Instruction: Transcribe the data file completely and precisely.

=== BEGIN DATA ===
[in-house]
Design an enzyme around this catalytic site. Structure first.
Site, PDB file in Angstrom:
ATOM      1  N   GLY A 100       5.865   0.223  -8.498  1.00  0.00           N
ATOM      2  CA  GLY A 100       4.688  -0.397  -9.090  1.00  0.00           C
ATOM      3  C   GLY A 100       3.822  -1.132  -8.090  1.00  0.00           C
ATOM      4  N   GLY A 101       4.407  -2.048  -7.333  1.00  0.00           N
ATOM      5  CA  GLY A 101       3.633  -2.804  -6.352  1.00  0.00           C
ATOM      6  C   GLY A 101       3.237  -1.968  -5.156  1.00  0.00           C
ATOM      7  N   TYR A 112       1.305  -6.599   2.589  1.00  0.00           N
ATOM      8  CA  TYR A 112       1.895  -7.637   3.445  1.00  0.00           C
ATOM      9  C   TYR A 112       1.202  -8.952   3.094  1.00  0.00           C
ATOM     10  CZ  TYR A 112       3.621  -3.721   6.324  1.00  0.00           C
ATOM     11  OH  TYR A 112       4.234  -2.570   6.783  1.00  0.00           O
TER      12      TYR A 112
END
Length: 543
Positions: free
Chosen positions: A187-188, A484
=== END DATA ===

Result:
[in-house]
Design an enzyme around this catalytic site. Structure first.
Site, PDB file in Angstrom:
ATOM      1  N   GLY A 100       5.865   0.223  -8.498  1.00  0.00           N
ATOM      2  CA  GLY A 100       4.688  -0.397  -9.090  1.00  0.00           C
ATOM      3  C   GLY A 100       3.822  -1.132  -8.090  1.00  0.00           C
ATOM      4  N   GLY A 101       4.407  -2.048  -7.333  1.00  0.00           N
ATOM      5  CA  GLY A 101       3.633  -2.804  -6.352  1.00  0.00           C
ATOM      6  C   GLY A 101       3.237  -1.968  -5.156  1.00  0.00           C
ATOM      7  N   TYR A 112       1.305  -6.599   2.589  1.00  0.00           N
ATOM      8  CA  TYR A 112       1.895  -7.637   3.445  1.00  0.00           C
ATOM      9  C   TYR A 112       1.202  -8.952   3.094  1.00  0.00           C
ATOM     10  CZ  TYR A 112       3.621  -3.721   6.324  1.00  0.00           C
ATOM     11  OH  TYR A 112       4.234  -2.570   6.783  1.00  0.00           O
TER      12      TYR A 112
END
Length: 543
Positions: free
Chosen positions: A187-188, A484